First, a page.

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Caregiving and care sharing take place across the life course and involve various configurations. Although there are similarities, families have different needs and experiences of care depending on the caregiving situation, life course issues, and unique personal history. In Caregiving and Care Sharing: A Life Course Perspective, the authors highlight the experience of providing care in several different family situations. This book not only serves as a guide to assist those caring for older adults, but also examines the experiences of older caregivers caring for younger adults, as older parents care for adult children with intellectual and psychiatric conditions, or when grandparents are raising their grandchildren. The caregiving needs of veterans are also addressed. As the number of older adults rises, the diversity of the population will also increase. The concept of care sharing indicates that care provision is not a solitary task. It implies that professionals are part of a caregiving collective—joining with families to promote functioning of those who require care. The chapters in this book identify various experiences of care and provide an opportunity for students and practitioners to develop their own model as professionals who will be part of a caregiving collective.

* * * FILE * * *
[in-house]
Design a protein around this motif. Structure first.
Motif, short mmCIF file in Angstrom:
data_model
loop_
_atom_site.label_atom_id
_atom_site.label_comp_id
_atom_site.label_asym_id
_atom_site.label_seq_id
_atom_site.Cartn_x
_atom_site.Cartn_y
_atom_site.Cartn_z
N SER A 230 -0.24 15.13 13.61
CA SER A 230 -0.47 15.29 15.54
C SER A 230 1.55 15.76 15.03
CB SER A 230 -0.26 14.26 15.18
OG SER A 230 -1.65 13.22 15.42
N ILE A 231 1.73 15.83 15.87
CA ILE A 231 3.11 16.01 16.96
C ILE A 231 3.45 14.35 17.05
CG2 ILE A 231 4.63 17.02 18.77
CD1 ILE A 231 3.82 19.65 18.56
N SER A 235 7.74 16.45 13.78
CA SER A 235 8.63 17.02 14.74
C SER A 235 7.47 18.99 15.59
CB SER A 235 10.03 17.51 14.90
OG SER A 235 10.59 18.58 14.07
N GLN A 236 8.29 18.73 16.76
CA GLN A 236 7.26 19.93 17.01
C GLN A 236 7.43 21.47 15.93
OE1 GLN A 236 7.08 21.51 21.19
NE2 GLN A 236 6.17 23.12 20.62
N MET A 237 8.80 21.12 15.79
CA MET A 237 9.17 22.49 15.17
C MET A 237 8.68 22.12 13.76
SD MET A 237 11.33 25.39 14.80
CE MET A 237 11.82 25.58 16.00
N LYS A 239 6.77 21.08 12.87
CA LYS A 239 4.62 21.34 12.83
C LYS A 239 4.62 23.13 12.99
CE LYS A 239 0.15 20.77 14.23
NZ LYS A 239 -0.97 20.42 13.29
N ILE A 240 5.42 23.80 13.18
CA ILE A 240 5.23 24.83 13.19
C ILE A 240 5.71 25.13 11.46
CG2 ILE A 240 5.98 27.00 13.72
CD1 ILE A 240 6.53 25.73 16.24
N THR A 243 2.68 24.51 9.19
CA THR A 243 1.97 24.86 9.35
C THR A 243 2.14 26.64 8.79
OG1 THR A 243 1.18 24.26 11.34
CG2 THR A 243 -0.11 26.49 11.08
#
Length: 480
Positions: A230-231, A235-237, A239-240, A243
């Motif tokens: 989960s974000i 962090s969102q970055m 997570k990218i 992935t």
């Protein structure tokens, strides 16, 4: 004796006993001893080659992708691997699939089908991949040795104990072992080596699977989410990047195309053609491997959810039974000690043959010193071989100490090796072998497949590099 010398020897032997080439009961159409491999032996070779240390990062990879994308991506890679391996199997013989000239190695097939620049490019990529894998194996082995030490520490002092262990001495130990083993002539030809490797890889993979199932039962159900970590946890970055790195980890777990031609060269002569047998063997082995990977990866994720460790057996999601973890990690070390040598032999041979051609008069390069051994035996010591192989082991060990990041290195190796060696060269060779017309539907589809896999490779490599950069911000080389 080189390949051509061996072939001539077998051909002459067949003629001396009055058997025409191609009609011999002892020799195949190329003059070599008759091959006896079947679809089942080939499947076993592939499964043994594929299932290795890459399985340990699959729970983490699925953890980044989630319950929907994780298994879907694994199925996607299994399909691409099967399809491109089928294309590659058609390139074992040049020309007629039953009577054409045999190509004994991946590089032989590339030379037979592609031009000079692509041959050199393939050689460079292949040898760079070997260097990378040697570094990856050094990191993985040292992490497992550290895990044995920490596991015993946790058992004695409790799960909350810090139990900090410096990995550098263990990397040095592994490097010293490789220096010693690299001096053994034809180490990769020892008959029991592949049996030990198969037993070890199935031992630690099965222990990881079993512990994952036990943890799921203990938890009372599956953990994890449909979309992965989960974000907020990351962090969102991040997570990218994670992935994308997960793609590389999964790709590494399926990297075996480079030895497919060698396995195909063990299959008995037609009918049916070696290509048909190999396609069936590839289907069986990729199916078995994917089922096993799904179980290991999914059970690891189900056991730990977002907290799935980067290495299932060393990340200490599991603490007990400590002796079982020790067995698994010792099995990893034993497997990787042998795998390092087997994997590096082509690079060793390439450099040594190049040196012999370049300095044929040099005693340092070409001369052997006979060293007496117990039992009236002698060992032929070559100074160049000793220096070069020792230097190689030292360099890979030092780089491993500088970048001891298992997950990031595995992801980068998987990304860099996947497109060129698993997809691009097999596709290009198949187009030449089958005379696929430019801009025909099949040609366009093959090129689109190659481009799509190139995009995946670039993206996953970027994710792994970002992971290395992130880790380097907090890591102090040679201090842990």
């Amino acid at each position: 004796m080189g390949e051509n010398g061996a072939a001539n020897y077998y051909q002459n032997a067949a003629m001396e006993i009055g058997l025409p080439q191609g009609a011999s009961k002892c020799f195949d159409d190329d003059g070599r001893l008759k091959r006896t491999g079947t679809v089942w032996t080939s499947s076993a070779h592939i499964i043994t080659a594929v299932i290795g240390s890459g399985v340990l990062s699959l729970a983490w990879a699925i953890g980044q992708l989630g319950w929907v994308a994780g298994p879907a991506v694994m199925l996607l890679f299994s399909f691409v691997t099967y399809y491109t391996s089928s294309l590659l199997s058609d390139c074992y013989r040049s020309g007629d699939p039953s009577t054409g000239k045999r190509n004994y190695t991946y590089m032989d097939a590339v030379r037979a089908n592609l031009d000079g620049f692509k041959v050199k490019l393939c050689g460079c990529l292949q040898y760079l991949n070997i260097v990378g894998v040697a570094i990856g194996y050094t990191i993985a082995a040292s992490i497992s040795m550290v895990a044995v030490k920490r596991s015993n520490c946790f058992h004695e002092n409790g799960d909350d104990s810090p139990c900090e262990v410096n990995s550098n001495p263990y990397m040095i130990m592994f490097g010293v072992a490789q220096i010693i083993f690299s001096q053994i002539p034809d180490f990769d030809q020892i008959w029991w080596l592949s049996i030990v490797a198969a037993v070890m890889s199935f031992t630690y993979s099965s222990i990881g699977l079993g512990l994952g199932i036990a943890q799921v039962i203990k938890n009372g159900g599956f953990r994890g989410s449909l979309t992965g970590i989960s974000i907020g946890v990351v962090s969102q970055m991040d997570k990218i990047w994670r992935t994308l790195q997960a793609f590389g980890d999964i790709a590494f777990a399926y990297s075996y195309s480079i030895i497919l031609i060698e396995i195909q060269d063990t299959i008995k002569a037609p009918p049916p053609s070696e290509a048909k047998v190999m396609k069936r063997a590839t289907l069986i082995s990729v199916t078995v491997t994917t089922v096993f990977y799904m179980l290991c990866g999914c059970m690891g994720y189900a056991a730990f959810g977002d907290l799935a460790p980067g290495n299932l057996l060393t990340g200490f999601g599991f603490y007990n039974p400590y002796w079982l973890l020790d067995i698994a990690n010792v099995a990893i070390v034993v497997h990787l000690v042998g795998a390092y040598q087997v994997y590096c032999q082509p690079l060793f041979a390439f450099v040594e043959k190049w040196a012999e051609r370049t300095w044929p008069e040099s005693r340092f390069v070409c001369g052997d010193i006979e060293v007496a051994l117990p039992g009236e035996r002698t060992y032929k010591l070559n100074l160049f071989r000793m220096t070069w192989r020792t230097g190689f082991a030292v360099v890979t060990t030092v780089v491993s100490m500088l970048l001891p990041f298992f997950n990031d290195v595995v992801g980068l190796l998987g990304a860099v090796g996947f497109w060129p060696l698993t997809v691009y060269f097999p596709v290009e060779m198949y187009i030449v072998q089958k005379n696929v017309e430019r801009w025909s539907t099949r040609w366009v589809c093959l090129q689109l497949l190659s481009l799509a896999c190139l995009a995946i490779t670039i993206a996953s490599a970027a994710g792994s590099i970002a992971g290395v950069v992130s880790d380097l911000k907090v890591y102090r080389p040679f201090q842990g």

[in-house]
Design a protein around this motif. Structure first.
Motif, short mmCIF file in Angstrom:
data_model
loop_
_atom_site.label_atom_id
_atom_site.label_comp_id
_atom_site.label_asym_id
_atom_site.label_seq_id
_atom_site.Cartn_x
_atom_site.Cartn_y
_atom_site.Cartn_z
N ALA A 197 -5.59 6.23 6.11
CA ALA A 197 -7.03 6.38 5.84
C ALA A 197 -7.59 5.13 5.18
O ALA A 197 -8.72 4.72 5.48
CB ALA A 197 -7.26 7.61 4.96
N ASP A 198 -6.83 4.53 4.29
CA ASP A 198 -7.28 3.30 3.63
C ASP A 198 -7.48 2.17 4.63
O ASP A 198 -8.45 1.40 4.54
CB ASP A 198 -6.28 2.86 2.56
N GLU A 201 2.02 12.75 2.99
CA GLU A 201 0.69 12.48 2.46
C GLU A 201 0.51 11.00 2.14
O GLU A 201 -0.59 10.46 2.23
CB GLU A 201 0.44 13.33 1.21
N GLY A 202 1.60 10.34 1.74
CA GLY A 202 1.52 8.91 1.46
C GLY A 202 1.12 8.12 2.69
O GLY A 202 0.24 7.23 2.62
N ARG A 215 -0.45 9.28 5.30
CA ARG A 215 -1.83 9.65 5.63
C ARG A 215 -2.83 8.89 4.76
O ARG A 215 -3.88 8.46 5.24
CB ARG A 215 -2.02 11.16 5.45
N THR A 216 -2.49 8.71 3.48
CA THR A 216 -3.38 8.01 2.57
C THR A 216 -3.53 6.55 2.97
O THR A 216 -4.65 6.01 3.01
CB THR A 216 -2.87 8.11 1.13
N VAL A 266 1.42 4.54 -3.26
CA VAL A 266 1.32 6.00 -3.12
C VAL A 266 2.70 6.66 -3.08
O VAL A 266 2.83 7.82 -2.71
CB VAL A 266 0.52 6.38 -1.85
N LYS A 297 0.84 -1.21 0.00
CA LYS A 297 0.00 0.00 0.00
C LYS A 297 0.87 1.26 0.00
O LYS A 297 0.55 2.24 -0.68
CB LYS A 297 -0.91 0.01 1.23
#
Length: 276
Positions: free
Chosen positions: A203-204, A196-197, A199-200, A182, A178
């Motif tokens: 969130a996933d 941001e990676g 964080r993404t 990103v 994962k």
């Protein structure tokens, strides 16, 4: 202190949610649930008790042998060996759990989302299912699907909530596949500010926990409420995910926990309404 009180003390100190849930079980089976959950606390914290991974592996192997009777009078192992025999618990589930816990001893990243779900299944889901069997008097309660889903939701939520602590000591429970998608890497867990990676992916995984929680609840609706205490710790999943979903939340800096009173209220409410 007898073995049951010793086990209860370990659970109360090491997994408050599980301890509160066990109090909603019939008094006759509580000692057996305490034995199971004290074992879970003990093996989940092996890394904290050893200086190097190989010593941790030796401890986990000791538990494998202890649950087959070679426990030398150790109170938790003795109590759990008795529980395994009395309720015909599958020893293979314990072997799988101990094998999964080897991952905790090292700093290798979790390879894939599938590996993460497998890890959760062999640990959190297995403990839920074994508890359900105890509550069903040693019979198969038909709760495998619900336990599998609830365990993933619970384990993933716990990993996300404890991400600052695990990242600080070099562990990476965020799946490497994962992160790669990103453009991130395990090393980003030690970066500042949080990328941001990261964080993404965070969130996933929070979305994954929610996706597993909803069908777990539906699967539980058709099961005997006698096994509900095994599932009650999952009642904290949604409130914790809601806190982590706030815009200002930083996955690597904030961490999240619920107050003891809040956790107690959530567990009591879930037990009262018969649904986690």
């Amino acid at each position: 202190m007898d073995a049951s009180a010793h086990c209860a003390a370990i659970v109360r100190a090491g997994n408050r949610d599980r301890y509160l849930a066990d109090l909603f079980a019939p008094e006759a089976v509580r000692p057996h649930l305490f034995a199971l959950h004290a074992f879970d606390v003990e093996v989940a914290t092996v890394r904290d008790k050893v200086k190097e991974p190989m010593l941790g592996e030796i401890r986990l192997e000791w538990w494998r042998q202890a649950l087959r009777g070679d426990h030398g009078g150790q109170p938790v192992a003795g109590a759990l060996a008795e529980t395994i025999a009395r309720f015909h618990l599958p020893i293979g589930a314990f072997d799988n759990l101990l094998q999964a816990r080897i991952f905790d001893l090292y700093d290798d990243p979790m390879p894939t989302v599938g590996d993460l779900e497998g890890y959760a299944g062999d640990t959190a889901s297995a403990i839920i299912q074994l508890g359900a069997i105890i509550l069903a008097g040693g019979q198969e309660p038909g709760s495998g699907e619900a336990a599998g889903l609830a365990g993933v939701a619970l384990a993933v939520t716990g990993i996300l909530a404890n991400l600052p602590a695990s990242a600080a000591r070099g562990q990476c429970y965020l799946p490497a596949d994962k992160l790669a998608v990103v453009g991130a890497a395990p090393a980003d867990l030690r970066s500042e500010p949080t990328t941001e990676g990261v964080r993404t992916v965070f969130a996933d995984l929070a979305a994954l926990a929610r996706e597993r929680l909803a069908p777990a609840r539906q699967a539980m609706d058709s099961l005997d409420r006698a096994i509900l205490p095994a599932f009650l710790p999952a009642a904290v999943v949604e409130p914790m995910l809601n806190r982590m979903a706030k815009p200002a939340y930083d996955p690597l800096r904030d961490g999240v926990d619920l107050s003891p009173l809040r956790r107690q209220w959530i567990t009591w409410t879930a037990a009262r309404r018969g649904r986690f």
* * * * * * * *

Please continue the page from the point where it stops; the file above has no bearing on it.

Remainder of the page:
In Harm Reduction for High-Risk Adolescent Substance Abusers, Maurice S. Fisher Sr. shares his experience of helping adolescent clients take charge of their life after negative consequences of substance use or abuse, and empowering young men and women to make better choices and minimize risky behaviors, using harm reductive methods. Harm reductive methods are used for adolescents who are at higher risk for aggression and violence during three phases: while obtaining the drugs, during active use, and during withdrawal from the substances. Fisher explains harm reduction as an evidence-based method that concentrates on behavior modification and refrains from making moral judgments. He recognizes abstinence-only programs as unrealistic, moral value–laden frameworks based on dishonesty and simplification. It is not the substance use, but rather the physical, psychosocial, emotional, and often legal consequences of use that lead to terrible consequences among adolescents. Cognitive–behavioral therapy and skill development, psychoeducational and interpersonal skills, anger management, and support group therapies are discussed, as are ethical issues that may come up in practice. The book serves as a good resource for therapists, counselors, and clinicians to help adolescents who have lost control and are signaling for help to get their life back on track and grow into adulthood as successful members of society.